I have noticed that the summary status of updates has many updates with no status.
Not only do you have a high number of updates with no status, but you also have an exceptionally high number of failed update installations.
Updates with no status occur in a couple of scenarios:
- When an update is first synchronized by the WSUS server, no clients have evaluated the detection logic, so the update will show No Status for all computers. As computers check in with the WSUS server, the status will change to Needed/Installed/NotApplicable.
- However, if there are clients registered with the WSUS server that do not exist, or are not properly communicating with the WSUS server, the status for that update for those computers will forever remain as "No Status".
A better indicator of this state is to look at the Computers node of the console, and the count of *computers* with no status.
I read that my wsus database might need some TLC so I ran the reindexing that is recommend but nothing.
Merely running the reindex by itself rarely produces any noticable benefit. The reindex should be done in conjunction with update approval administration and filesystem defragmentation.
This series of articles provides more detail:
However, in this case, maintenance is not the issue. The issue is whether or not your client systems are properly communicating with the WSUS server.
I read sometimes you have to recreate the database.
Not sure where you read this, but this is absolutely not true.
Well it looks like I have a bunch of computers with no status..
I'm glad I don't have to recreate the database.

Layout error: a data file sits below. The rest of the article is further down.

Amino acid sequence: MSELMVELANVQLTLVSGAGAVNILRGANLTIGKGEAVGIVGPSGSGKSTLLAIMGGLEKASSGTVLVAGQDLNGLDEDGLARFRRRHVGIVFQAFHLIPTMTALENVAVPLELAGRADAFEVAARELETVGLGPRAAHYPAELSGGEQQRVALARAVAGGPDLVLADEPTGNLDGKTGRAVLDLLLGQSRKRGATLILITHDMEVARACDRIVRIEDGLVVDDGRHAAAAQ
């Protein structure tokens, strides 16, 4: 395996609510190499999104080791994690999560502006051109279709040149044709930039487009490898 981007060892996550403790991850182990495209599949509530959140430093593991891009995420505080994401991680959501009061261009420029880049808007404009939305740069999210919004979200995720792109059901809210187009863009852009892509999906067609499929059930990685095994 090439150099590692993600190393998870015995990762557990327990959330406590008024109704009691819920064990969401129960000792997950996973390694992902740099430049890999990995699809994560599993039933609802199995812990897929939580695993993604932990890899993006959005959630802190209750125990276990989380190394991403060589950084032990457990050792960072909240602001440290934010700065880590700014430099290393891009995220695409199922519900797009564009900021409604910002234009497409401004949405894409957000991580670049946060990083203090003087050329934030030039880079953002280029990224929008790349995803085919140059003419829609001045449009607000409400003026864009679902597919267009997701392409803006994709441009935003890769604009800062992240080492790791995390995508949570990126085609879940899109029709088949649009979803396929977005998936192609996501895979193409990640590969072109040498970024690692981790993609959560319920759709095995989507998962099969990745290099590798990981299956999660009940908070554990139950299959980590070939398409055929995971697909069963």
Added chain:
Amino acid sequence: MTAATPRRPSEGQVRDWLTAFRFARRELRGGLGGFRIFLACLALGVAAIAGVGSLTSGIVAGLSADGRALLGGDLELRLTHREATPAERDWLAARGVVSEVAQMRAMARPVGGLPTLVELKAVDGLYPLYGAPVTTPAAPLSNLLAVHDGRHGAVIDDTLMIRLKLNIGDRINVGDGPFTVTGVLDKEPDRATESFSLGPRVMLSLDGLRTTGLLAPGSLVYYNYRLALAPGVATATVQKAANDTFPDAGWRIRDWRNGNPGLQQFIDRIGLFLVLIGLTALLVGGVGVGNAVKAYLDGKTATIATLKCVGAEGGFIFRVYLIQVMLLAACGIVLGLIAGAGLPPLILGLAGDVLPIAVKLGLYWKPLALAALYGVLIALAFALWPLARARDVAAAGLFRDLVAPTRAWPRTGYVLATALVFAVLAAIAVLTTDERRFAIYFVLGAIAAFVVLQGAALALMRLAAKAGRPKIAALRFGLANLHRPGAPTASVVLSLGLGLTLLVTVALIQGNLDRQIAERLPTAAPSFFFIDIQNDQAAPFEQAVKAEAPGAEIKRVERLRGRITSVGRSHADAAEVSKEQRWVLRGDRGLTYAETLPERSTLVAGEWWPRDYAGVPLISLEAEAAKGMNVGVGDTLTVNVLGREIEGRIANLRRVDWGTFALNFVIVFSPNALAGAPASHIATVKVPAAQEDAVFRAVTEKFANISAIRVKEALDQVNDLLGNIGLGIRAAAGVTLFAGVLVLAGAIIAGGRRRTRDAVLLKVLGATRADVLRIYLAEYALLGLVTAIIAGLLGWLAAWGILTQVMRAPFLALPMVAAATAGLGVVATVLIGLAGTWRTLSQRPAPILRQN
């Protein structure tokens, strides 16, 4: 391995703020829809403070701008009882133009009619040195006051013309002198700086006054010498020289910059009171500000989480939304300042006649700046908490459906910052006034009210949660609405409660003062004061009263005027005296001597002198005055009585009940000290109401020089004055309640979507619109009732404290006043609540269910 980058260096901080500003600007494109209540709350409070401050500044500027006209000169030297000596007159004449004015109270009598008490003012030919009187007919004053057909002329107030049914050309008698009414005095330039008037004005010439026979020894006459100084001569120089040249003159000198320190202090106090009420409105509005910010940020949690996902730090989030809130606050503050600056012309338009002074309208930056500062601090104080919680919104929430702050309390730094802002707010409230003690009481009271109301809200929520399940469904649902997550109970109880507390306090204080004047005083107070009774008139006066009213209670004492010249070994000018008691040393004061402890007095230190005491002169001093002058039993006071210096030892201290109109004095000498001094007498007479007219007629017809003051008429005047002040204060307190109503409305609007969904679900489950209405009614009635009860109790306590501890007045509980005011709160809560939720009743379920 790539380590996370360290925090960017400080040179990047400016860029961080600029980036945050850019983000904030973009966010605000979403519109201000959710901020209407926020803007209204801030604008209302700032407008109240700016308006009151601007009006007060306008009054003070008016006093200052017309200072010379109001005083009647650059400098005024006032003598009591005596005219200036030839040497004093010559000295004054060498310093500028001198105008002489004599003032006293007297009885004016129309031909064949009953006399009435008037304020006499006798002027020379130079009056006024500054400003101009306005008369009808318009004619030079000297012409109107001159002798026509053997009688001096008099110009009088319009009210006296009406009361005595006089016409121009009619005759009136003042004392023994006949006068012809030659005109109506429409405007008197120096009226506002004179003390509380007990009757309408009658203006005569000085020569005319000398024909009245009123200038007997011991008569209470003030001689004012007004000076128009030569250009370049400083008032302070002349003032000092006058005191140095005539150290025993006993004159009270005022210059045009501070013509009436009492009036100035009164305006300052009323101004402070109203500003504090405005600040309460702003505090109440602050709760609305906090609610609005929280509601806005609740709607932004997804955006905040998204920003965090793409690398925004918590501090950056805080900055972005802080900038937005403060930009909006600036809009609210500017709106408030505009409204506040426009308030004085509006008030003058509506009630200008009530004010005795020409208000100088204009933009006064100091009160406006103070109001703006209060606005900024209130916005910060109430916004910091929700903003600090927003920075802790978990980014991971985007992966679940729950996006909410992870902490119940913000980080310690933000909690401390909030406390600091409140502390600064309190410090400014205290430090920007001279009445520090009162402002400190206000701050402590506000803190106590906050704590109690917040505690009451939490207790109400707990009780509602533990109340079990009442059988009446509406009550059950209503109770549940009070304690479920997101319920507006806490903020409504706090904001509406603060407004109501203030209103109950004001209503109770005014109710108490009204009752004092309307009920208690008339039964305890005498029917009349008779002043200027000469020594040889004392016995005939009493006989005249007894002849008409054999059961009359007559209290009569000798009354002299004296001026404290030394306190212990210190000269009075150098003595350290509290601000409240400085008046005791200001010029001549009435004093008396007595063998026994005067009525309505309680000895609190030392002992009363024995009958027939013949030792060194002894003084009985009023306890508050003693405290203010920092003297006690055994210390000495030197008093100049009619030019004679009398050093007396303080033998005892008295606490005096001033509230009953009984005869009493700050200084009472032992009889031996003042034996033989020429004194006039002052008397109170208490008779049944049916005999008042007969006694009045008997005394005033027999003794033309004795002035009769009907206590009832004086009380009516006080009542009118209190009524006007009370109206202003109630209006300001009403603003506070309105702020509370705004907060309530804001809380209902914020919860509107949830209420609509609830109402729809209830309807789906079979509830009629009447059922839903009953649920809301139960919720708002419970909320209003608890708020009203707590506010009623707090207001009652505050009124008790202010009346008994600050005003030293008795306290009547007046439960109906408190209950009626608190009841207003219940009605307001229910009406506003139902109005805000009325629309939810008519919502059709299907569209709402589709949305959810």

I went back to where I thought I read that but it looks like I might have been mistaken.
Those 61 computers with no status probably account for almost all of your updates with no status. The question then becomes:
Are these non-existent computers that should be removed from WSUS?
Are these existing computers that are no longer communicating with WSUS?
Also, since you've inherited this server and the job, you should also confirm that the WSUS server has been properly patched.
Depending on what version of Patch Manager is installed, we may have already done that for you.
In the WSUS Server node of the Patch Manager console, check the "Server Version".
It should be 3.2.7600.251 or newer. If it's 3.2.7600.226, you'll need to download and install KB2734608.
I'm guessing that the computers that haven't reported in over a week would be the 61 computers.
That's a strong probability.
You'll still need to install KB2734608. I misstated the condition earlier. Patch Manager automatically installs KB2734608 on the WSUS console installed on the PM server, but your pre-existing WSUS server needs to be updated. The update is a manual download and install and has post-install instructions as well so be sure to read through the KB article and understand all that is required.
Well I cleaned out some computers that haven't reported in for about a month. It made a huge difference.
I did run the Server Cleanup Wizard before I did that, but it only cleaned up a handful of computers.
Is this the way I should be doing this or is there a recommended way of cleaning out old computers?
is there a recommended way of cleaning out old computers?
You definitely should schedule the Server Cleanup Wizard to run once a month to decline/delete updates.
Depending on the turnover in your computers, you may only need to do the "Delete computers..." task once a quarter.
BUT, more significantly, you should be reviewing the All Computers list weekly for computers that do not have current "Last Reported Date" values.
From there, if they're known to be gone, just right click and delete; if they're off the network temporarily, ignore them; but most importantly, if they're not gone (i.e. they're broken), you can fix them quicker.